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End-of-Life Choices: The Hardest Conversation You’ll Have with Your Doctor

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There is no perfect time to have “the talk” with your doctor—your wishes for end-of-life care, that is—except for this…It needs to be before you ever need critical medical care. You don’t want to wait until you’re diagnosed with a terminal illness or once a chronic condition takes a turn for the worse and you aren’t thinking clearly…or suffer a stroke or heart attack and can’t speak for yourself.

It’s understandable why you’d put this off. It’s scary to think about getting a life-threatening illness and how you want to face death, much less verbalize this to your health-care provider. But it’s something we should all take time to think about, decide on and communicate so that our wishes can be carried out.

Of course, it’s important to share this information with members of your immediate family so that they know, understand and will help you carry out your wishes, but it’s equally important to let your doctor know so that he or she can document your wishes in your medical record, said J. Randall Curtis, MD, MPH, a pulmonary and critical-care physician at the University of Washington in Seattle.

Recognizing that doctors rarely initiate these conversations—even with patients battling serious illnesses—and that many patients, as a result, don’t get the type of care that matches up to what they want, Dr. Curtis spearheaded a project designed to help patients and doctors more effectively communicate. Here are his suggestions for having this talk with your own doctor…

PLANNING FOR THE TALK WHEN YOU’RE HEALTHY

Step one: If possible, set up a special appointment with your doctor rather than trying to fit this discussion into another visit when time may be limited. Make it clear when you call to schedule this visit that you want to see your doctor, not a member of the office staff or nurse or the physician assistant. Tip: If you’re on Medicare, your doctor can get reimbursed for spending up to 30 minutes on advanced-care planning with you. If you have private health insurance, this visit is unlikely to be covered.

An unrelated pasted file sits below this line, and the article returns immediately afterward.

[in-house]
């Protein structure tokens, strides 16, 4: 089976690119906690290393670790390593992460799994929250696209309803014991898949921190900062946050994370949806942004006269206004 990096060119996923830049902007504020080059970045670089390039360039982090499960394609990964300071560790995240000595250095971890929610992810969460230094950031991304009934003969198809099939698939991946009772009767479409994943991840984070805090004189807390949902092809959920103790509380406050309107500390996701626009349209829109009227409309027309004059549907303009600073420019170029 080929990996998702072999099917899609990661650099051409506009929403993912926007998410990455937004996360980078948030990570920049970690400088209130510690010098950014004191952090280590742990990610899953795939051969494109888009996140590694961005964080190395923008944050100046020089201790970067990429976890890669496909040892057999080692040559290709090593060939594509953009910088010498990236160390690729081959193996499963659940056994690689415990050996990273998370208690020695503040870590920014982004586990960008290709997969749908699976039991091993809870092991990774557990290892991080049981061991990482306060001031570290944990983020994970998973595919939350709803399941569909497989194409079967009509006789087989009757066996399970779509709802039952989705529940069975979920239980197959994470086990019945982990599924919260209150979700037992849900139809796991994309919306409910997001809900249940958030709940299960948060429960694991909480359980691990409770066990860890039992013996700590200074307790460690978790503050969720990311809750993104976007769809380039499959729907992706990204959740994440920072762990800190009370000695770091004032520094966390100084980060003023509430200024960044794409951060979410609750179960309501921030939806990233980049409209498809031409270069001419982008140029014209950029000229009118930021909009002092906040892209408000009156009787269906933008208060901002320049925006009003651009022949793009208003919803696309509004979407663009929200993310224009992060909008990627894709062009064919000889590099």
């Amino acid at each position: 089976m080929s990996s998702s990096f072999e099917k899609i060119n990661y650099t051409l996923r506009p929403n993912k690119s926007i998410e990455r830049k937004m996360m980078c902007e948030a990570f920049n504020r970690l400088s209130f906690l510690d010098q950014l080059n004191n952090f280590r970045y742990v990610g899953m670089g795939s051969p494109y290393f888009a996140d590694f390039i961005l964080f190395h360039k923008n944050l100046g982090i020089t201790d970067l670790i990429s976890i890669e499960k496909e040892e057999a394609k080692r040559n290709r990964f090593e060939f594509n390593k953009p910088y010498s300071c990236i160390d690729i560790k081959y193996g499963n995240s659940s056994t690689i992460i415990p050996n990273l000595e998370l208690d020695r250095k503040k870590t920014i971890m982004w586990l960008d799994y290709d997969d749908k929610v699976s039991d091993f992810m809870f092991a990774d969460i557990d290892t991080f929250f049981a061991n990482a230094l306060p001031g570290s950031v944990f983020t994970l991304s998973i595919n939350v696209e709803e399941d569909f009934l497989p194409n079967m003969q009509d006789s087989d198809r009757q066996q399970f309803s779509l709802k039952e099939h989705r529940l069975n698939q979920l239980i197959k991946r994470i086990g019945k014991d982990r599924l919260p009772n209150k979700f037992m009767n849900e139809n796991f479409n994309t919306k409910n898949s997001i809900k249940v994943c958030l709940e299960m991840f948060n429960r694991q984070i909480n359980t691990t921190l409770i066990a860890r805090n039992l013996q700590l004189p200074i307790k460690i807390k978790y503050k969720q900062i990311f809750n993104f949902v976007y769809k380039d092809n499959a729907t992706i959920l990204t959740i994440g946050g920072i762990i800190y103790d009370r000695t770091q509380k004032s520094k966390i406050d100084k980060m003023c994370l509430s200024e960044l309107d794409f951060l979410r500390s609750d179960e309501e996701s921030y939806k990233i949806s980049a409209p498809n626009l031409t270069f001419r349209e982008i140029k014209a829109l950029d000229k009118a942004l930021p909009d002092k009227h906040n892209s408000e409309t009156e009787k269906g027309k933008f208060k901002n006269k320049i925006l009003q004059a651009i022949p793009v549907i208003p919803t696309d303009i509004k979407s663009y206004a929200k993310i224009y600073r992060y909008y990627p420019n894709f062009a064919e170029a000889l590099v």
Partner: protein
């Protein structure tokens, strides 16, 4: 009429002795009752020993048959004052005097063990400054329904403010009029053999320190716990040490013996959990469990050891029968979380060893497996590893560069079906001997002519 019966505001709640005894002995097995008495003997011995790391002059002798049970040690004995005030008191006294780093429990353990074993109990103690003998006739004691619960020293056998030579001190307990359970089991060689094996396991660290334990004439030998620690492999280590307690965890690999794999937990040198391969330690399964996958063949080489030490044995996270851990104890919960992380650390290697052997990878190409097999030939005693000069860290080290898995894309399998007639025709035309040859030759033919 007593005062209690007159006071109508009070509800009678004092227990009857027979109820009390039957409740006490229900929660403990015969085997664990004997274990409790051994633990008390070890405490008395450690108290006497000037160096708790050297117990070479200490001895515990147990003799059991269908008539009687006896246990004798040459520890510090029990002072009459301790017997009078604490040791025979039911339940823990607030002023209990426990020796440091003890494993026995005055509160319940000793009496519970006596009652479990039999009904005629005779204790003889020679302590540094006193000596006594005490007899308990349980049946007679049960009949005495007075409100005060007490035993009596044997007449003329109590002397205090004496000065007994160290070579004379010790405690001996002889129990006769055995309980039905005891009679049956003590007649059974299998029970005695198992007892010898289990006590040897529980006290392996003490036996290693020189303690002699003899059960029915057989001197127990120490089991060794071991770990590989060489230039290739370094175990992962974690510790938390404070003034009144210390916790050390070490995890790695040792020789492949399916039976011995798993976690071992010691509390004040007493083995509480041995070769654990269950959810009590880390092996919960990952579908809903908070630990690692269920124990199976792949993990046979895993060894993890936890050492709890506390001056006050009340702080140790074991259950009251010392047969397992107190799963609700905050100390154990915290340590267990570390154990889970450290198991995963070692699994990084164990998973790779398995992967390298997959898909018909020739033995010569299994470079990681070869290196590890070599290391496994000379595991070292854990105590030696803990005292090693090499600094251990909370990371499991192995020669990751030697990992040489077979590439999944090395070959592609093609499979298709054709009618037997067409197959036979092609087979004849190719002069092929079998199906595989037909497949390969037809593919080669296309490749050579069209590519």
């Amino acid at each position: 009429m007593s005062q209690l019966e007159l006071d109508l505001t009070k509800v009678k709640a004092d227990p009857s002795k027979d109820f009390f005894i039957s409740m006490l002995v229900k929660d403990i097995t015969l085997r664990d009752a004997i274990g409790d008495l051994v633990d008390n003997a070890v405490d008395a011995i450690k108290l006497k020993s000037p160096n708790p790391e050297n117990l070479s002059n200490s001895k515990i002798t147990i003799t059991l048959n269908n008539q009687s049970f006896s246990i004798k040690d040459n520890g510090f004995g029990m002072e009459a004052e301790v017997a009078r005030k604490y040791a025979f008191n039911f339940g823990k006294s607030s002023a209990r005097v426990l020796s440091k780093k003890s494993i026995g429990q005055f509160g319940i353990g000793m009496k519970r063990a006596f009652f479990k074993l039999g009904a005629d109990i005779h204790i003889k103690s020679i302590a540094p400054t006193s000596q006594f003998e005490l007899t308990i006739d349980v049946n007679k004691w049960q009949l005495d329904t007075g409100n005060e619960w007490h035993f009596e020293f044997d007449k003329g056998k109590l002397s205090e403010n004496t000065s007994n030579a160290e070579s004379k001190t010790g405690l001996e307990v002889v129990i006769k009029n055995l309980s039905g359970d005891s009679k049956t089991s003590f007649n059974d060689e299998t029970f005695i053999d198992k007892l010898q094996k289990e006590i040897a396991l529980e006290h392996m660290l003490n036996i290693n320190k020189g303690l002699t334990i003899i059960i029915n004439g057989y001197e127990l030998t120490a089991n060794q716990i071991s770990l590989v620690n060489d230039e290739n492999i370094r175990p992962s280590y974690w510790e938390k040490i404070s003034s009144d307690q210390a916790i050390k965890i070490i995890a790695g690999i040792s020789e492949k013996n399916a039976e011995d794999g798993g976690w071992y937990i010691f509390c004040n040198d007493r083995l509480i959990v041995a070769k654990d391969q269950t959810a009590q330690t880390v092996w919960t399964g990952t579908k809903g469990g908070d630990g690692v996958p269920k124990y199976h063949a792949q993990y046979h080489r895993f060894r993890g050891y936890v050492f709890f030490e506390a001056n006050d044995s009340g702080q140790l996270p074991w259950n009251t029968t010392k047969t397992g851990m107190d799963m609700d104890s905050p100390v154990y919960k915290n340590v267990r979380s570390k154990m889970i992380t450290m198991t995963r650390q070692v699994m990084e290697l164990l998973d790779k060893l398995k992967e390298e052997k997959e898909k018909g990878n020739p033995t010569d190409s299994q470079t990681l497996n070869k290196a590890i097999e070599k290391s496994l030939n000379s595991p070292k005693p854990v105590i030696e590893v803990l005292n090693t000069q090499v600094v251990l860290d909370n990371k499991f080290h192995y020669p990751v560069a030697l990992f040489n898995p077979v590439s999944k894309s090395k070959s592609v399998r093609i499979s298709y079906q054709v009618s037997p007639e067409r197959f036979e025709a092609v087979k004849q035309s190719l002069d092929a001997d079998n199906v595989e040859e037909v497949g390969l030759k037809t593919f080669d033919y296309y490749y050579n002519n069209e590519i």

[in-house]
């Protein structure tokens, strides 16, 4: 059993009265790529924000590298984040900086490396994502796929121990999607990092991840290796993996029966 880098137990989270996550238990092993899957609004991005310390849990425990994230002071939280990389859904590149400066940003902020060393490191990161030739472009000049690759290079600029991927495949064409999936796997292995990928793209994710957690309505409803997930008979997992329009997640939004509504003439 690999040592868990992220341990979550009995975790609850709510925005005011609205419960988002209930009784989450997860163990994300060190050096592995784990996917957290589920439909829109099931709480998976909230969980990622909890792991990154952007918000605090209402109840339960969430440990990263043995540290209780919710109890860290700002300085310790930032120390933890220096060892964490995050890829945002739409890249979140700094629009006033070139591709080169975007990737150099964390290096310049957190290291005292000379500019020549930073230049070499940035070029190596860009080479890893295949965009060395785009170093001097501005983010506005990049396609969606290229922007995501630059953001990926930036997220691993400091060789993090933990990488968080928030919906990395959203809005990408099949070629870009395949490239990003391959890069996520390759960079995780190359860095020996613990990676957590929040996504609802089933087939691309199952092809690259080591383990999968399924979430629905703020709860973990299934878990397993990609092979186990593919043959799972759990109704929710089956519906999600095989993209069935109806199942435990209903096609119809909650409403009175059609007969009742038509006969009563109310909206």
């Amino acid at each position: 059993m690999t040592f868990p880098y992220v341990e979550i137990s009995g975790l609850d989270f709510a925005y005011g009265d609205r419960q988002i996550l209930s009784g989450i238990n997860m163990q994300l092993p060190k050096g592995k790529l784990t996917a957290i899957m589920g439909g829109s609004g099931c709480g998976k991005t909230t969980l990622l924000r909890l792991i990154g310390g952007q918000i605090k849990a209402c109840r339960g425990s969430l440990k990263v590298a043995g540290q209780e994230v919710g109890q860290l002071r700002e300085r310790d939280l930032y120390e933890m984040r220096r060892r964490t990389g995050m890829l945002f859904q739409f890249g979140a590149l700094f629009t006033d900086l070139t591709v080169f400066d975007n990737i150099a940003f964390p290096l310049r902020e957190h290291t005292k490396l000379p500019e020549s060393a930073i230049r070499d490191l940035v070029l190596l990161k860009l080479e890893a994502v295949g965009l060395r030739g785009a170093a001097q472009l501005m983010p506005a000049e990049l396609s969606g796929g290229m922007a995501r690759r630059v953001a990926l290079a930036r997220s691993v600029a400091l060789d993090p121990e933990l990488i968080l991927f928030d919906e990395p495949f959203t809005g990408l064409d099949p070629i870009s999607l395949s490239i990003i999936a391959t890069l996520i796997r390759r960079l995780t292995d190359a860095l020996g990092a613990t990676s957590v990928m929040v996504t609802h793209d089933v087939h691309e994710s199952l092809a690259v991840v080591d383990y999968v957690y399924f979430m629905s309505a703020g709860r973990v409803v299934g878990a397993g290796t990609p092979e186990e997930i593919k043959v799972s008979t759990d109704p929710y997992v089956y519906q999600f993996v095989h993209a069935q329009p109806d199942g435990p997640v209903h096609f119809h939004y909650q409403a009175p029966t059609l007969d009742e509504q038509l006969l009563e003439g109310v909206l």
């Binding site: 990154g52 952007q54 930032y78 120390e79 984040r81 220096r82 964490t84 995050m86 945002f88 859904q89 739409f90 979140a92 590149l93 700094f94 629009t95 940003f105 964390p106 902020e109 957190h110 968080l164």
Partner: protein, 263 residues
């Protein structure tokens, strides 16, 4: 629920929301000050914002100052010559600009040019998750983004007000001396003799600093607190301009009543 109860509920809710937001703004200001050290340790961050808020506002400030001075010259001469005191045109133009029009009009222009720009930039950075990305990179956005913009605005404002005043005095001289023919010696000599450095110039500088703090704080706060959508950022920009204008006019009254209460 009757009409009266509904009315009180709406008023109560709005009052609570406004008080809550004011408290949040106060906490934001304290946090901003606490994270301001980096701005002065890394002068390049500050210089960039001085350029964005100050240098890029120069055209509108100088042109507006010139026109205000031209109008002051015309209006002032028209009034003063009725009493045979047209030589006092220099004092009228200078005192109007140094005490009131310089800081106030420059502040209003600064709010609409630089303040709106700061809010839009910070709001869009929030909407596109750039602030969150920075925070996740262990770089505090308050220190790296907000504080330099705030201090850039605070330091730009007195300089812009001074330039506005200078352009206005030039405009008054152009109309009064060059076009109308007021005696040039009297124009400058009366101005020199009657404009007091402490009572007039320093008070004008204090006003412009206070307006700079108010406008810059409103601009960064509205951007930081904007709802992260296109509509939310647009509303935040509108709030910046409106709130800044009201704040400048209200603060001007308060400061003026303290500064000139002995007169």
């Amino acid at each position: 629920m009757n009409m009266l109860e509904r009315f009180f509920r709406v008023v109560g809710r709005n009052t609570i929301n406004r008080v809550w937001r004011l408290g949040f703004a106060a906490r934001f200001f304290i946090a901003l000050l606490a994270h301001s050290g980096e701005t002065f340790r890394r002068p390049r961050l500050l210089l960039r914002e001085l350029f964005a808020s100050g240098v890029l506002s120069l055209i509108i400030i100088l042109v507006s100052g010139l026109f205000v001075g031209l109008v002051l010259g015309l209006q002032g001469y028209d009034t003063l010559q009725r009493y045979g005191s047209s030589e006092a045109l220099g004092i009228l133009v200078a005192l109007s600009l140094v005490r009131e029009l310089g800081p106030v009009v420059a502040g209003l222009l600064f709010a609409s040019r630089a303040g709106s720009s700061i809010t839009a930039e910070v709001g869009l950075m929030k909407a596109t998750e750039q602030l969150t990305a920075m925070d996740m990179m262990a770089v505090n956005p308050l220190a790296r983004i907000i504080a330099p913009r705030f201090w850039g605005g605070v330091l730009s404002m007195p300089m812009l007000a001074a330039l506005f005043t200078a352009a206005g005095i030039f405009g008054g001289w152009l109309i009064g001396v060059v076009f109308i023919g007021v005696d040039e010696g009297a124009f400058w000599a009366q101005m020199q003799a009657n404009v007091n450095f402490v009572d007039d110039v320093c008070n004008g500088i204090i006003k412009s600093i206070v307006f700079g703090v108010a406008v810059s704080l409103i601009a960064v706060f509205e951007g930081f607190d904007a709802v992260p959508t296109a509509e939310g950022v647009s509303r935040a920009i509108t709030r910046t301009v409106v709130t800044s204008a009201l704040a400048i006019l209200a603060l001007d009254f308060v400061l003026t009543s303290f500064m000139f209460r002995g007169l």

Decide whether you want to go alone or with a loved one. Many people find it helpful to have a second set of eyes and ears.

Step two: Prepare for your conversation by writing down your initial thoughts. You may need your doctor to answer some questions to help you make decisions, so it’s not imperative that you have every situation accounted for in advance.

One big-picture question to consider is whether your priority is quality of life—relieving pain and discomfort—or extending life through treatments, no matter what their side effects. Think about what aspects of your quality of life are most important to you. Is it most important to be independent and care for yourself or to be able to participate in your favorite activities or to recognize family and friends and communicate with them. These are the “goals of care” that you want to make as clear as you can to your doctor. Prepare for Your Care is a step-by-step video-based information site where you can find out more about defining your goals of care and making medical decisions to support those goals.

Know that you have every right to change your wishes in the future as medicine changes, especially if you’re not managing any chronic conditions now. It’s impossible to know what illnesses you may get and what treatments could be available for them. What you communicate now may be more about your philosophy, with specific preferences about treatments coming later should you start to battle an illness.